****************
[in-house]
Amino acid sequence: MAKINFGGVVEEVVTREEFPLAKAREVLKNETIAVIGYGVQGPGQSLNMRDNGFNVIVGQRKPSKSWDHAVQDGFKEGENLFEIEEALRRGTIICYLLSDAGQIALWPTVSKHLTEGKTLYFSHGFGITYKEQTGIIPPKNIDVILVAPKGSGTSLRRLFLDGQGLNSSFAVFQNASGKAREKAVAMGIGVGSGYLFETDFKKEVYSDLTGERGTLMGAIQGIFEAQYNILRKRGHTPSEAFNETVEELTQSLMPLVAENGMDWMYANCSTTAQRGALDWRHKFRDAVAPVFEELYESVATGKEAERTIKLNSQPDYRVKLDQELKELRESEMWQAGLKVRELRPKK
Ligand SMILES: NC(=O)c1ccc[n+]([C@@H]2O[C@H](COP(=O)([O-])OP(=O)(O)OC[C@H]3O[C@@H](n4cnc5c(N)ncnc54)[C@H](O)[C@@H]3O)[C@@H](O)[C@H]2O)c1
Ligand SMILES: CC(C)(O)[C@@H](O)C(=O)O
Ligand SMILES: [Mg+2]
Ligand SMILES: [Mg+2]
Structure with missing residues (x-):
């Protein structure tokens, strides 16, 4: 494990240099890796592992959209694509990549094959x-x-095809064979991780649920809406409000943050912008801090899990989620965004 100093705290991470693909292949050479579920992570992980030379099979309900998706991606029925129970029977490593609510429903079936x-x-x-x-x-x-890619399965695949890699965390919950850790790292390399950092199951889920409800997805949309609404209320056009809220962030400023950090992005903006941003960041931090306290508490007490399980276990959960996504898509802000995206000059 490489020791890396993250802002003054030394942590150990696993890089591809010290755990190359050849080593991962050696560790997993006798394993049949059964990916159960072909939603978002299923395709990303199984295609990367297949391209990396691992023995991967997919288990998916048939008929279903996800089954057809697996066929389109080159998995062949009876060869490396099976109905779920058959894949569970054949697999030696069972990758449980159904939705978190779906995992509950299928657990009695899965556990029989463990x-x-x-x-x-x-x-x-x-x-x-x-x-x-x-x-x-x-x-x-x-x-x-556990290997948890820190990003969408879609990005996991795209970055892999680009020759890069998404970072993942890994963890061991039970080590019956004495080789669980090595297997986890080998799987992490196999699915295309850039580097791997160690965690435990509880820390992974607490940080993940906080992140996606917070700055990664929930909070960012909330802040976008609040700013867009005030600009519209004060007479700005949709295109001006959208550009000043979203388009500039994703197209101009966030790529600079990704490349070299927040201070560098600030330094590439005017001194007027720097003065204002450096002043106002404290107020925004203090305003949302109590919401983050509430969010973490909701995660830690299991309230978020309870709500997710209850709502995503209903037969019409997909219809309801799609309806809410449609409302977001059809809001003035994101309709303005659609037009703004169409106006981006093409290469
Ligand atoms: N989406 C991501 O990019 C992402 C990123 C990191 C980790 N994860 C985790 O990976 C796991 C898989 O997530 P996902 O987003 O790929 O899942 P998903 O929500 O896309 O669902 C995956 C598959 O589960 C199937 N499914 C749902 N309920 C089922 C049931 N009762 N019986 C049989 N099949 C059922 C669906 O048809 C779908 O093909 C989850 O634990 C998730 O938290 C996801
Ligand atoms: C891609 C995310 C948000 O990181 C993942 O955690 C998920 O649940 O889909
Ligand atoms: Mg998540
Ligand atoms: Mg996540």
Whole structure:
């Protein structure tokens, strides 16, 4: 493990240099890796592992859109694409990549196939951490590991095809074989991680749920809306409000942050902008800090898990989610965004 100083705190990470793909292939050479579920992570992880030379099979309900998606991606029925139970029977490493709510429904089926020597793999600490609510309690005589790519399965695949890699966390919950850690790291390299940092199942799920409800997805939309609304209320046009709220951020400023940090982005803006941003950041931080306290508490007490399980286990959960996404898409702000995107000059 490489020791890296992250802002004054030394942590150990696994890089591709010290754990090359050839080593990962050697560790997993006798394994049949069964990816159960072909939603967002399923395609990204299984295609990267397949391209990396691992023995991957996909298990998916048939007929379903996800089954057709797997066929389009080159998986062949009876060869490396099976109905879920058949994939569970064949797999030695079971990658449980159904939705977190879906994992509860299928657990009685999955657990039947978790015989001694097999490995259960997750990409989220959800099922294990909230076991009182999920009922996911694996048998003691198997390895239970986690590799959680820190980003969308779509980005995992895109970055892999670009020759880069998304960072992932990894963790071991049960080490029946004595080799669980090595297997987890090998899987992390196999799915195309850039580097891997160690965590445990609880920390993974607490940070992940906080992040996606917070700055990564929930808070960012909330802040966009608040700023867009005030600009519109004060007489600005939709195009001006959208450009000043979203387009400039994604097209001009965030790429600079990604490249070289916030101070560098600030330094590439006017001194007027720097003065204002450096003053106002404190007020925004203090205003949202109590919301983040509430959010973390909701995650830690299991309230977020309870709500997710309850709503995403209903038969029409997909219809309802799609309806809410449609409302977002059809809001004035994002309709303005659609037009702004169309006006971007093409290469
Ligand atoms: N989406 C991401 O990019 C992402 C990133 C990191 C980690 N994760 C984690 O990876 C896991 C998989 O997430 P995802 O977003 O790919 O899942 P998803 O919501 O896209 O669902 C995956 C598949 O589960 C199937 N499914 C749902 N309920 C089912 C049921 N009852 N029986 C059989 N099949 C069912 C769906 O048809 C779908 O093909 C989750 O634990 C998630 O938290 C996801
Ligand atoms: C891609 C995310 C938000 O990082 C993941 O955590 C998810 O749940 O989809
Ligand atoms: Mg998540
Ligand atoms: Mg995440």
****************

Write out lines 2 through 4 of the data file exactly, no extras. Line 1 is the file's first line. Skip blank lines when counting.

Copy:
Amino acid sequence: MAKINFGGVVEEVVTREEFPLAKAREVLKNETIAVIGYGVQGPGQSLNMRDNGFNVIVGQRKPSKSWDHAVQDGFKEGENLFEIEEALRRGTIICYLLSDAGQIALWPTVSKHLTEGKTLYFSHGFGITYKEQTGIIPPKNIDVILVAPKGSGTSLRRLFLDGQGLNSSFAVFQNASGKAREKAVAMGIGVGSGYLFETDFKKEVYSDLTGERGTLMGAIQGIFEAQYNILRKRGHTPSEAFNETVEELTQSLMPLVAENGMDWMYANCSTTAQRGALDWRHKFRDAVAPVFEELYESVATGKEAERTIKLNSQPDYRVKLDQELKELRESEMWQAGLKVRELRPKK
Ligand SMILES: NC(=O)c1ccc[n+]([C@@H]2O[C@H](COP(=O)([O-])OP(=O)(O)OC[C@H]3O[C@@H](n4cnc5c(N)ncnc54)[C@H](O)[C@@H]3O)[C@@H](O)[C@H]2O)c1
Ligand SMILES: CC(C)(O)[C@@H](O)C(=O)O